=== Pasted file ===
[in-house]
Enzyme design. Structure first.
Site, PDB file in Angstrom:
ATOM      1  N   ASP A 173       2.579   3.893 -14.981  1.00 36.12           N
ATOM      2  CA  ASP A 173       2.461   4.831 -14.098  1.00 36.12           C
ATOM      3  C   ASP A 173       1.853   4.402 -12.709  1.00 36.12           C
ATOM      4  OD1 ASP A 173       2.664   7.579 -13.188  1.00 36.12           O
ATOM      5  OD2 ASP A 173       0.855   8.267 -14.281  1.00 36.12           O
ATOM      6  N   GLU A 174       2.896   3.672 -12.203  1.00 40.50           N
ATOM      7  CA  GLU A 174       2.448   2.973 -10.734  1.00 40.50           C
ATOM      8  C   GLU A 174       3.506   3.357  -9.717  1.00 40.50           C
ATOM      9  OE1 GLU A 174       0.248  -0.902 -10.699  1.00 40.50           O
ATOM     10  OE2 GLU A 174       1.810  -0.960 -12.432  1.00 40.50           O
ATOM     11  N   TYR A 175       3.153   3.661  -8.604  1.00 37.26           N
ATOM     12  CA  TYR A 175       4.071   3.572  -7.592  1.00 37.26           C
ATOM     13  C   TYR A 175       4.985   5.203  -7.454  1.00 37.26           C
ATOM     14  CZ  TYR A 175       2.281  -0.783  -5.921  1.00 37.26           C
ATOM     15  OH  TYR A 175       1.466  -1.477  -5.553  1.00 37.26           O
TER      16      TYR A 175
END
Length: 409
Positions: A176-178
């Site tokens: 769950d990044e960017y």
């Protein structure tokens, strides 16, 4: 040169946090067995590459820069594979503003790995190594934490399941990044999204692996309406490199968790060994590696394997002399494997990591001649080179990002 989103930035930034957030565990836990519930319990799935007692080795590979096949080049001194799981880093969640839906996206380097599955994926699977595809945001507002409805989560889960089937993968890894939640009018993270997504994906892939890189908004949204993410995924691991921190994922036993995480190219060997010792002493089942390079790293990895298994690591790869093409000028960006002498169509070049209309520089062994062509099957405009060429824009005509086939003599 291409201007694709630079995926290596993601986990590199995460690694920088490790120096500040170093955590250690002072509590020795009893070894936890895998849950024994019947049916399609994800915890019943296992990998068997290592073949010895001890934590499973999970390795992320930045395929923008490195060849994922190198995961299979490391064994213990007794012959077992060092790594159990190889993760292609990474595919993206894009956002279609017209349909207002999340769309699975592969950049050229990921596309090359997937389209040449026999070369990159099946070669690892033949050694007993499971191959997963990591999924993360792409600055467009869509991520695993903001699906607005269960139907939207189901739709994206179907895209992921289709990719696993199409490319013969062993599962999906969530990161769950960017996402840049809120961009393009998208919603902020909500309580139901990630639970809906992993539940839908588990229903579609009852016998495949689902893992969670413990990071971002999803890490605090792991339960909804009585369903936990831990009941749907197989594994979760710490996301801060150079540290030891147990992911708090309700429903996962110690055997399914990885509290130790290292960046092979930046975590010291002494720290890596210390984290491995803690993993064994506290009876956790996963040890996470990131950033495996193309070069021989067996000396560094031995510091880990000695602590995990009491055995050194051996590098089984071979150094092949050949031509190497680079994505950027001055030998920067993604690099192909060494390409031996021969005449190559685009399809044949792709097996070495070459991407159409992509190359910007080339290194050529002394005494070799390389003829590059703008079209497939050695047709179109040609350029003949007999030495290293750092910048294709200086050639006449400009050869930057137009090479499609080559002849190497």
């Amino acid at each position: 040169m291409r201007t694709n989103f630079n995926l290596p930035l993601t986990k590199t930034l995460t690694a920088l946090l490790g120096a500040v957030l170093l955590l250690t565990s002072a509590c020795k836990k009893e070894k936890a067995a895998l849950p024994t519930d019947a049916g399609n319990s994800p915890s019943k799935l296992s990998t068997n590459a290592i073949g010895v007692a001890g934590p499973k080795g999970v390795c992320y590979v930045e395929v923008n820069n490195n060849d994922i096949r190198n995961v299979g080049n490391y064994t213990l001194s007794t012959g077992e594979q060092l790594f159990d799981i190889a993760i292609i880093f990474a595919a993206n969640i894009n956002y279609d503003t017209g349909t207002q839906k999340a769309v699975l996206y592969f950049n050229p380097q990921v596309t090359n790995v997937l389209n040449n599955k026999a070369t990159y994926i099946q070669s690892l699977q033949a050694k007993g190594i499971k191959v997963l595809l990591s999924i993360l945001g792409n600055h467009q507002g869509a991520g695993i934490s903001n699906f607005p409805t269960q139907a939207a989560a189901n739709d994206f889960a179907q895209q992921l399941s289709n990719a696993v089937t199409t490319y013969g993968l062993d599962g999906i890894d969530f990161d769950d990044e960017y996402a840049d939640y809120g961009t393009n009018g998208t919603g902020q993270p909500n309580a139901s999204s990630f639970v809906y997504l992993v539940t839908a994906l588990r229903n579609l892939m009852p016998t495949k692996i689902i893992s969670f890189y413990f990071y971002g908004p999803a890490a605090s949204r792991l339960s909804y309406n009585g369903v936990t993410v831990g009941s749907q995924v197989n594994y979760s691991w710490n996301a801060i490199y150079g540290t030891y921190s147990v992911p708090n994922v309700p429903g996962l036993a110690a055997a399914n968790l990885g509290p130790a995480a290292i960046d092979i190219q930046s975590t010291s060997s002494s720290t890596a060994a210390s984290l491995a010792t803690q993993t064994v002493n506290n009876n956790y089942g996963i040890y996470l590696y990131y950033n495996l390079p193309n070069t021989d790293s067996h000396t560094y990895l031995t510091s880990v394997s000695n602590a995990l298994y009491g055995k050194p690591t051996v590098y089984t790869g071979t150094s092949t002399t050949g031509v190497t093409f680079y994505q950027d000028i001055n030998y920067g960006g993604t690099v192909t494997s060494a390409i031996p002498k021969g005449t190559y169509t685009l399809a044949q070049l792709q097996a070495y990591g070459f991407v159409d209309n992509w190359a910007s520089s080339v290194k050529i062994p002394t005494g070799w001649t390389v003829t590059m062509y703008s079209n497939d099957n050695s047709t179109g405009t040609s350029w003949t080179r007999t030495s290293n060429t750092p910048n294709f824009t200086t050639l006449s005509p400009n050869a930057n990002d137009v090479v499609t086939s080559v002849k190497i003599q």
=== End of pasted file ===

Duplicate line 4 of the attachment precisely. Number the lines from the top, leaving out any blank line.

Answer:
ATOM      1  N   ASP A 173       2.579   3.893 -14.981  1.00 36.12           N